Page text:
With the strongest possible emphasis, let me state that to be childlike does not mean to be childish or naive, that is to say, a baptized person is to be neither irrational nor simple-minded:

Let the little children come to me; do not stop them; for it is to such as these that the Kingdom of God belongs. I tell you solemnly, anyone who does not welcome the Kingdom of God like a little child will never enter it. (Mk 10:14-15)

To be childlike means to have a baptismal instinct for the realities found in revealed truths:

The whole company of the faithful, who have an anointing by the Holy Spirit, cannot err in faith. They manifest this distinctive characteristic of theirs in the supernatural instinct of faith (sensus fidei) of the whole people when, from the bishops to the most ordinary lay person among the faithful, they display a universal agreement on matters of Faith and morals. (Dogmatic Constitution on the Church, no.4)

Childlike believers are the baptized who possess a sincere belief in the Person of Jesus Christ and His divinely-founded Catholic Church. The future Pope Benedict XVI, Josef Cardinal Ratzinger, while Prefect of the Sacred Congregation of the Faith and Doctrine in Rome, extolled the fidelity and docility of childlike believers:

The universal Catholic Church still lives also on the enormous strength of those people who are humble believers. In this sense, the great host of those who need love and who give love is indeed her true treasure: simple people who are capable of truth because, as the Lord says, they have remained children. Through all the changes of history, they have retained their perception of what is essential.

With profound fraternal love, this book is dedicated to childlike believers, lay people who see and live by the light of Faith.

Wednesday, November 29, 2006

William E. May winner of the 2007 Paul Ramsey Award Winner

Saw this announcement at The Human Future. Here is a clip of the post:

"Husbands and wives... have a "right" to the marital act and to care for life conceived through this act, but they do not have a "right" to a child. A child is not a thing to which husbands and wives have a right. It is not a product that, by its nature, is necessarily inferior to its producers, rather a child [is] like its parents. And this is the moral problem with the laboratory generation of human life..."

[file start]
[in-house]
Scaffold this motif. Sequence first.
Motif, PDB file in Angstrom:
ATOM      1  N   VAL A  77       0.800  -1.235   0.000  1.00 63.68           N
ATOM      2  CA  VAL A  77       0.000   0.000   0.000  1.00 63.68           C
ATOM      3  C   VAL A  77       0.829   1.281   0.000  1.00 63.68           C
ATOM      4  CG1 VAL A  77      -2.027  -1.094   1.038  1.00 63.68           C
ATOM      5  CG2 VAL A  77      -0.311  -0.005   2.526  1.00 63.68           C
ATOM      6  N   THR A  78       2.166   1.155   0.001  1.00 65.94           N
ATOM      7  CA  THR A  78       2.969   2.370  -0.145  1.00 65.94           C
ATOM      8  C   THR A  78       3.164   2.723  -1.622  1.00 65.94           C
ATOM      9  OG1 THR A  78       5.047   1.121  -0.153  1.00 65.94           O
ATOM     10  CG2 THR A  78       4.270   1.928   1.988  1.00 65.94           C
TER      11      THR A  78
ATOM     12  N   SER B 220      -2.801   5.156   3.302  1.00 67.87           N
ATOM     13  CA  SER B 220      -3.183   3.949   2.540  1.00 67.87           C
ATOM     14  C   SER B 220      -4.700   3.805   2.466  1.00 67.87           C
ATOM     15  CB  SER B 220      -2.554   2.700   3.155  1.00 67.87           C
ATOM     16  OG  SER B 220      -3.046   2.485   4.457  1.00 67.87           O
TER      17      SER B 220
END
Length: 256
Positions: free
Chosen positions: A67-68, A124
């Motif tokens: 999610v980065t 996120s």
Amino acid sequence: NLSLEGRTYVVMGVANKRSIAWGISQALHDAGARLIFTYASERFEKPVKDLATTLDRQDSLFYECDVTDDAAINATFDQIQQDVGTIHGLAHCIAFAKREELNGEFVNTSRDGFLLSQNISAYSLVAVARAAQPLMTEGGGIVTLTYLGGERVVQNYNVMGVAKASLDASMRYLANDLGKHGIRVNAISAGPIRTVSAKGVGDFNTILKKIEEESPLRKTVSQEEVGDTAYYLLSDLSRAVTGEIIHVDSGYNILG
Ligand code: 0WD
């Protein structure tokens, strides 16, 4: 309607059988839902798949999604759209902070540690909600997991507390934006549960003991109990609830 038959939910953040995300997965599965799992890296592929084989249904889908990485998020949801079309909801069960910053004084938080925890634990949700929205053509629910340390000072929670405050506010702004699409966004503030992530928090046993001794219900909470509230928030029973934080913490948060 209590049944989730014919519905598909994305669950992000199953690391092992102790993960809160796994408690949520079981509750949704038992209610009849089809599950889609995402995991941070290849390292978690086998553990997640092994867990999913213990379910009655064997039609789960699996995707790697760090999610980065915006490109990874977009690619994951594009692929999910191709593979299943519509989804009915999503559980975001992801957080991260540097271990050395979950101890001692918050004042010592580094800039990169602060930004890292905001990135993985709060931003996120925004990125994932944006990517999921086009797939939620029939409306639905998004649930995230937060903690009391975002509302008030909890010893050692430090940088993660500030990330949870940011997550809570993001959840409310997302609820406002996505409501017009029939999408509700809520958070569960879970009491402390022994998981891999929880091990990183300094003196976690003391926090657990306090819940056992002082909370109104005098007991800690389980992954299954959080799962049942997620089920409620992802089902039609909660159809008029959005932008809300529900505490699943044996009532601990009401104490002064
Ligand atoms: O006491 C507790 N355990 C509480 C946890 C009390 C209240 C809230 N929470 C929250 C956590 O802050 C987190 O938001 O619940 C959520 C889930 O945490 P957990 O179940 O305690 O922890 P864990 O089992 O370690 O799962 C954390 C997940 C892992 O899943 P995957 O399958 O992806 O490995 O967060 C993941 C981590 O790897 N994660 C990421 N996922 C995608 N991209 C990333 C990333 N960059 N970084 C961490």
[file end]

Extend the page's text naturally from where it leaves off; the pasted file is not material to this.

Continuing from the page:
"Membership in the human species is of critical moral significance simply because human animals are different kinds of animals. They are different, not because of culture or brains, but because of who they are, that is, beings ultimately minded because within them is a principle of immateriality, of transcendence. Members of this species are beings of moral worth not by reason of anything that they do or achieve, but by reason of what they are."

CBC is proud to announce Dr. May as the winner of the 2007 Paul Ramsey Award. Dr. May joins Dr. Edmund Pellegrino, Dr. Germain Grisez, and Dr. John M. Finnis, as past recipients of an award which honors those who have made significant contributions in their work to defend the dignity of humankind while advancing ethical biotechnology.

Of course Dr. May has also just recently released his memoirs....

If interested, here is the first review...


Brother Charles Madden OFM Conv. (author of Giving Up Stealing for Lent and other family stories and The Mini-Catechism) will be signing his books at the Marytown gift shop this Saturday, December 2nd. Stop by if you are in the area.

Here is an excerpt from a review for Giving Up Stealing for Lent:

Escape back to a simpler, more clear cut time in life through this three decade collection of Madden Family tales.An easy pick up/put down book, everyone in your family, Catholic or not, will find themselves wishing they’d been a part of the loving mayhem that was the Maddens.

We are indebted to Brother Madden for letting us be a part of his warm and entertaining family life.

Nationally Syndicated Humor Columnist and author Karen Rinehart lives in North Carolina where she and her family attend St. James the Great Catholic Chuch. Read more at http://www.busstopmommies.com/